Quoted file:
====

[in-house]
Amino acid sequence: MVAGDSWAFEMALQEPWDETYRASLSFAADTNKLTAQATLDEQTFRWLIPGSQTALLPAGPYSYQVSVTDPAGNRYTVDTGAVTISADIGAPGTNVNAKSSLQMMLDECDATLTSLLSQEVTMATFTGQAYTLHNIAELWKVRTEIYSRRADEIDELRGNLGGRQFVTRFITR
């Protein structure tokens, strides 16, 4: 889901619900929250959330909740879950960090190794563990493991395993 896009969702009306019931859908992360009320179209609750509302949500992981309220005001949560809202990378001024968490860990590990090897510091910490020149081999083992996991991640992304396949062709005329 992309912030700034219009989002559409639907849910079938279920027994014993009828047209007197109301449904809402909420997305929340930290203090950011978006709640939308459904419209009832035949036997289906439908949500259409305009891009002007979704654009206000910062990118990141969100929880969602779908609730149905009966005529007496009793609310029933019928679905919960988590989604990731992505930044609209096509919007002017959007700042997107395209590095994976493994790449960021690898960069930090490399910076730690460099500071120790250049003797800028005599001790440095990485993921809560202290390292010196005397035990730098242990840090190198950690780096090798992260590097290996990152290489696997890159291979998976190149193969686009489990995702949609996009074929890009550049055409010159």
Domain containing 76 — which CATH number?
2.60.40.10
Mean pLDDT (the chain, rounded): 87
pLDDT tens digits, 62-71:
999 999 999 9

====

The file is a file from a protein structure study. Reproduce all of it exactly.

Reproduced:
[in-house]
Amino acid sequence: MVAGDSWAFEMALQEPWDETYRASLSFAADTNKLTAQATLDEQTFRWLIPGSQTALLPAGPYSYQVSVTDPAGNRYTVDTGAVTISADIGAPGTNVNAKSSLQMMLDECDATLTSLLSQEVTMATFTGQAYTLHNIAELWKVRTEIYSRRADEIDELRGNLGGRQFVTRFITR
């Protein structure tokens, strides 16, 4: 889901619900929250959330909740879950960090190794563990493991395993 896009969702009306019931859908992360009320179209609750509302949500992981309220005001949560809202990378001024968490860990590990090897510091910490020149081999083992996991991640992304396949062709005329 992309912030700034219009989002559409639907849910079938279920027994014993009828047209007197109301449904809402909420997305929340930290203090950011978006709640939308459904419209009832035949036997289906439908949500259409305009891009002007979704654009206000910062990118990141969100929880969602779908609730149905009966005529007496009793609310029933019928679905919960988590989604990731992505930044609209096509919007002017959007700042997107395209590095994976493994790449960021690898960069930090490399910076730690460099500071120790250049003797800028005599001790440095990485993921809560202290390292010196005397035990730098242990840090190198950690780096090798992260590097290996990152290489696997890159291979998976190149193969686009489990995702949609996009074929890009550049055409010159």
Domain containing 76 — which CATH number?
2.60.40.10
Mean pLDDT (the chain, rounded): 87
pLDDT tens digits, 62-71:
999 999 999 9